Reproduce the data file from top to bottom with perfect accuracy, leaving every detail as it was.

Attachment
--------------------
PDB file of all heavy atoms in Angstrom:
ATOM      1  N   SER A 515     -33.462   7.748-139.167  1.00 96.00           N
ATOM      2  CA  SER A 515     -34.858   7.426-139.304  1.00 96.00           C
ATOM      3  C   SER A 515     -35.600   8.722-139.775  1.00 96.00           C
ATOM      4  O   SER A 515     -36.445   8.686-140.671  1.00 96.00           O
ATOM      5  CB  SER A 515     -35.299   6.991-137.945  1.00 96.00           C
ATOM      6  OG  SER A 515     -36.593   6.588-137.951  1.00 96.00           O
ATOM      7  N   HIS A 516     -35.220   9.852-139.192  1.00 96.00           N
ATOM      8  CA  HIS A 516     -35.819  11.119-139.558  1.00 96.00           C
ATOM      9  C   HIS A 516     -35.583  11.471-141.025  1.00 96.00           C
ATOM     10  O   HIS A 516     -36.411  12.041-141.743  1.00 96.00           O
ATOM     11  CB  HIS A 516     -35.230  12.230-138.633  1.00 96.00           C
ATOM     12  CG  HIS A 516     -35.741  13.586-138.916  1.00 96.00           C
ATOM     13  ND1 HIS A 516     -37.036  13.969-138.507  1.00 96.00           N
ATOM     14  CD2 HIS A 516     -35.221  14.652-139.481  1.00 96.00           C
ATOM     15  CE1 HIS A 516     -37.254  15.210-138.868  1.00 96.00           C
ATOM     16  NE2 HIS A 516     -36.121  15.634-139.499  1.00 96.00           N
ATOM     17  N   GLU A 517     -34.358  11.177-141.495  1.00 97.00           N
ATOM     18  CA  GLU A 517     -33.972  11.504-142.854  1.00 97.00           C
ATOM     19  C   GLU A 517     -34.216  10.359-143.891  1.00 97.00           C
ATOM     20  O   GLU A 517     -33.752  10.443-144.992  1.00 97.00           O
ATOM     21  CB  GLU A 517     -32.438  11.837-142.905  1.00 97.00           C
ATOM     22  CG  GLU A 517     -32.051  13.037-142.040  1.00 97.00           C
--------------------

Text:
PDB file of all heavy atoms in Angstrom:
ATOM      1  N   SER A 515     -33.462   7.748-139.167  1.00 96.00           N
ATOM      2  CA  SER A 515     -34.858   7.426-139.304  1.00 96.00           C
ATOM      3  C   SER A 515     -35.600   8.722-139.775  1.00 96.00           C
ATOM      4  O   SER A 515     -36.445   8.686-140.671  1.00 96.00           O
ATOM      5  CB  SER A 515     -35.299   6.991-137.945  1.00 96.00           C
ATOM      6  OG  SER A 515     -36.593   6.588-137.951  1.00 96.00           O
ATOM      7  N   HIS A 516     -35.220   9.852-139.192  1.00 96.00           N
ATOM      8  CA  HIS A 516     -35.819  11.119-139.558  1.00 96.00           C
ATOM      9  C   HIS A 516     -35.583  11.471-141.025  1.00 96.00           C
ATOM     10  O   HIS A 516     -36.411  12.041-141.743  1.00 96.00           O
ATOM     11  CB  HIS A 516     -35.230  12.230-138.633  1.00 96.00           C
ATOM     12  CG  HIS A 516     -35.741  13.586-138.916  1.00 96.00           C
ATOM     13  ND1 HIS A 516     -37.036  13.969-138.507  1.00 96.00           N
ATOM     14  CD2 HIS A 516     -35.221  14.652-139.481  1.00 96.00           C
ATOM     15  CE1 HIS A 516     -37.254  15.210-138.868  1.00 96.00           C
ATOM     16  NE2 HIS A 516     -36.121  15.634-139.499  1.00 96.00           N
ATOM     17  N   GLU A 517     -34.358  11.177-141.495  1.00 97.00           N
ATOM     18  CA  GLU A 517     -33.972  11.504-142.854  1.00 97.00           C
ATOM     19  C   GLU A 517     -34.216  10.359-143.891  1.00 97.00           C
ATOM     20  O   GLU A 517     -33.752  10.443-144.992  1.00 97.00           O
ATOM     21  CB  GLU A 517     -32.438  11.837-142.905  1.00 97.00           C
ATOM     22  CG  GLU A 517     -32.051  13.037-142.040  1.00 97.00           C